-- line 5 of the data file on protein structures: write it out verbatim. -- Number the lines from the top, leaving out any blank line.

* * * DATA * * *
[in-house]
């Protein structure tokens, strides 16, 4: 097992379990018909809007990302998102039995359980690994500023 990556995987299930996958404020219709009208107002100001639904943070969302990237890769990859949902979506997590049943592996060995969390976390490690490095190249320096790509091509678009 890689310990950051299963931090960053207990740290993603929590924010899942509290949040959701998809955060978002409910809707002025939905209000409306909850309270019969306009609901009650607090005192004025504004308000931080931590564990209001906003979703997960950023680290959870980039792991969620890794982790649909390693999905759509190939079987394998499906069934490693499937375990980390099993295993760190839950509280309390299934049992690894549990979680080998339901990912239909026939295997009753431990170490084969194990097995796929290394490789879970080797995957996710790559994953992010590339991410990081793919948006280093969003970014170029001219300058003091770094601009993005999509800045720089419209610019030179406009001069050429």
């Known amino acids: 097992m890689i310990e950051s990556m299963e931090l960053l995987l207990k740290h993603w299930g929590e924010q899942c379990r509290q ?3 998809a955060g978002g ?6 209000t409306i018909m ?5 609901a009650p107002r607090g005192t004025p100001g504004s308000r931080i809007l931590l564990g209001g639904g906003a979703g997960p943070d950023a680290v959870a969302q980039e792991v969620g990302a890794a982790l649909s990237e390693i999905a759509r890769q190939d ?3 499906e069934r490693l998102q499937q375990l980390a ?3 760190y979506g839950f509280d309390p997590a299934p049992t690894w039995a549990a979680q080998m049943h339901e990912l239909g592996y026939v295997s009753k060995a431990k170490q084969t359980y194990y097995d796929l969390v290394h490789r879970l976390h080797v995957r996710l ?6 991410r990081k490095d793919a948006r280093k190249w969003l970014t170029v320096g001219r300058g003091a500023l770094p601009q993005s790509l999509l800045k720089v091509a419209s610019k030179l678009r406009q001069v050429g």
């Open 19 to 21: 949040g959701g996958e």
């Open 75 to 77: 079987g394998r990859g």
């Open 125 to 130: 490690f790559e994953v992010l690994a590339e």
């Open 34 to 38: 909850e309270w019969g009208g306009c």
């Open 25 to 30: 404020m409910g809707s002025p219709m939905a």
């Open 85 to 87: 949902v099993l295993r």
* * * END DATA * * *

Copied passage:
């Open 75 to 77: 079987g394998r990859g």